Fairfax County has taken the next step in advancing the Columbia Pike streetcar line, a project that would introduce an additional type of transit to the county.
The Board of Supervisors’ latest vote allows the project partners to proceed with environmental and design work. Fairfax County will pay just under $200,000 for its share of the design work.
The proposed 5-mile streetcar line is primarily in Arlington County but would extend into the Baileys Crossroads and Skyline area of Fairfax County, with stops at Goodwin House, Jefferson Street and Skyline.
Both counties are hoping the streetcar will spur revitalization and redevelopment in the aging Columbia Pike corridor, although they are still working out how they will finance the estimated $250 million cost of the project.
Columbia Pike is already home to a high-ridership bus line, said Supervisor Penny Gross (D-Mason), so it is a good fit for a streetcar.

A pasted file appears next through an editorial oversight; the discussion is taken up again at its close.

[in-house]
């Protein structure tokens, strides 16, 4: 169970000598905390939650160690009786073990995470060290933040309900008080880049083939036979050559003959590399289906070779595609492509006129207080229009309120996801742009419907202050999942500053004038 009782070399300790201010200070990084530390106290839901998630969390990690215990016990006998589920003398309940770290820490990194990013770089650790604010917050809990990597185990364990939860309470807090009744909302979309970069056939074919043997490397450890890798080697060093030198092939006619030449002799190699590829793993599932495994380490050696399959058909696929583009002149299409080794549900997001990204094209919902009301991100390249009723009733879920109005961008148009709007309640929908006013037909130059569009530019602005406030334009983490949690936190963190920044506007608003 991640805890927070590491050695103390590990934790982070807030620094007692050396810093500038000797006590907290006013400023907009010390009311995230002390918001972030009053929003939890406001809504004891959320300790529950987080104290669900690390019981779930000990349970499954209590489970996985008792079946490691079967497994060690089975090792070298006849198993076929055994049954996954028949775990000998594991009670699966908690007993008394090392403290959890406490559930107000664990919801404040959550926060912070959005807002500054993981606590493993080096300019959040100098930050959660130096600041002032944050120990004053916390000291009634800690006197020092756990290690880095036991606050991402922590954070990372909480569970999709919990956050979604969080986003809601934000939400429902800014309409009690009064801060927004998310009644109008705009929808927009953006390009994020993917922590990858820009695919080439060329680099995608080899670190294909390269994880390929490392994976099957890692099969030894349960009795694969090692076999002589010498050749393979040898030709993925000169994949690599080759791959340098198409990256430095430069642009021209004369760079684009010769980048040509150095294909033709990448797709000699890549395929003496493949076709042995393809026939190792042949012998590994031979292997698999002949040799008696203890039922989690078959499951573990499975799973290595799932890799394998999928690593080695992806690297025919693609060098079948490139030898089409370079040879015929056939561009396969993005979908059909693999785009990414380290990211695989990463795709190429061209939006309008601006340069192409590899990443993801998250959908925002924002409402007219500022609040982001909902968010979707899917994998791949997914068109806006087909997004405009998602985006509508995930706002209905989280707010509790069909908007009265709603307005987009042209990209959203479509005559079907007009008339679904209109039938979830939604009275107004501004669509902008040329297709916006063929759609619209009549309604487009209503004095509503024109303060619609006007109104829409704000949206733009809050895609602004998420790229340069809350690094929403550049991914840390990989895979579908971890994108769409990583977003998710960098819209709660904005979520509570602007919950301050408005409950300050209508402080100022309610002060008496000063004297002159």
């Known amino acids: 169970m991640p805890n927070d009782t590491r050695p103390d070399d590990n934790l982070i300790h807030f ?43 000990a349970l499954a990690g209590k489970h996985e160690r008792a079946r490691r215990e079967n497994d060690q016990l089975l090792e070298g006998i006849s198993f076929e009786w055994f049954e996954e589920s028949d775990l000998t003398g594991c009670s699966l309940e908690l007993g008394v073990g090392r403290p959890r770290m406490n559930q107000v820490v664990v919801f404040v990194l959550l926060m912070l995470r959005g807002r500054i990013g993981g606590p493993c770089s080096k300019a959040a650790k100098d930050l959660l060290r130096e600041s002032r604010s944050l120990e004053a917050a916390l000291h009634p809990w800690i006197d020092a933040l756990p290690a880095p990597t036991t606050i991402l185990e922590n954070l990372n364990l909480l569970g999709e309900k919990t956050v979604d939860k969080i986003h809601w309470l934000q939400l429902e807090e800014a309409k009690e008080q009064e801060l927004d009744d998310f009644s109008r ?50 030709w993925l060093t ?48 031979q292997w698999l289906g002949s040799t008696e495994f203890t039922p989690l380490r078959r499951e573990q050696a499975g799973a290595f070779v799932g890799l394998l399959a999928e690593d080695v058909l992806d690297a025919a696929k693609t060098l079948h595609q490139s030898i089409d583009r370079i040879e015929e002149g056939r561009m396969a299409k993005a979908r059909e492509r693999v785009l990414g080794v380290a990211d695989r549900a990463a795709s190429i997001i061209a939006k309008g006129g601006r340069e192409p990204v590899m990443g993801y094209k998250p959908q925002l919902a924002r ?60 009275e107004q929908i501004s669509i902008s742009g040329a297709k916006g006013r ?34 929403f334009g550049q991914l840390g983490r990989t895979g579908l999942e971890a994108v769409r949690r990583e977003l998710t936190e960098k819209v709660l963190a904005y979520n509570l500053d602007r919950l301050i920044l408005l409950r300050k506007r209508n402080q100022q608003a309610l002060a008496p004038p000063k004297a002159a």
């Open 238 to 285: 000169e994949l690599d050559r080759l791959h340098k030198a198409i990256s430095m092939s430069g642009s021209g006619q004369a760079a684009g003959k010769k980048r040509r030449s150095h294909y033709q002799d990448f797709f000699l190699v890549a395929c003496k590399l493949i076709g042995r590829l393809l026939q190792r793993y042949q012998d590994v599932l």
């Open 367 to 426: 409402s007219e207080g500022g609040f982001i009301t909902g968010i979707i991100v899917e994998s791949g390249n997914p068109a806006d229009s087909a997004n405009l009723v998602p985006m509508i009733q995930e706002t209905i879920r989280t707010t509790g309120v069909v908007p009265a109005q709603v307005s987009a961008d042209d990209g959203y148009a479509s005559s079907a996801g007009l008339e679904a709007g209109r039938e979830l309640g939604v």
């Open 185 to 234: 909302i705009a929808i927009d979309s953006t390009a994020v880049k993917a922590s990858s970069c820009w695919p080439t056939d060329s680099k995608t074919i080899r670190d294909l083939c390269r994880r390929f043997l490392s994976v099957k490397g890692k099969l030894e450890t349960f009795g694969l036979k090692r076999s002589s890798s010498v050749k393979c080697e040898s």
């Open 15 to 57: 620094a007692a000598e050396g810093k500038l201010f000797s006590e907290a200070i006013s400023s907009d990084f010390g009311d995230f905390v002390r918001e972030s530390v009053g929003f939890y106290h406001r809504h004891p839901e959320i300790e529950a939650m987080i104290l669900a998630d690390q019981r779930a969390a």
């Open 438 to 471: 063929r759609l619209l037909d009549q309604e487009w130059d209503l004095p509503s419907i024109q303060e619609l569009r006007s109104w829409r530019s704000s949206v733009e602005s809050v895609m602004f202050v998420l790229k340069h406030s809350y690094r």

“We’ll get it to Skyline, prove its viability and then it will be the start of a network to get to Annandale” and other areas of the county, Gross said.
Some supervisors are expressing concerns about the cost of the project, however. Supervisor Pat Herrity (R-Springfield) believes that the county could get similar benefit from enhanced bus service with dedicated bus lanes.
“I think it’s a worse solution,” Herrity said of the streetcar. “It’s six times the cost of the more flexible solution.”
Arlington County contends that there is not enough room to widen Columbia Pike to add a dedicated bus lane. A streetcar does not require an additional lane because cars can still drive in the lane where the tracks are.
Supervisor Cathy Hudgins (D-Hunter Mill) said there is already sufficient density at Skyline to support a streetcar. She believes the streetcar line will help revitalize the community.
“This is economic development to me, this is not just transportation,” she said. “This is the kind of neighborhood where young people, especially, want to be.”
There will be additional votes and discussions on the streetcar project in the future as it moves forward, Gross said.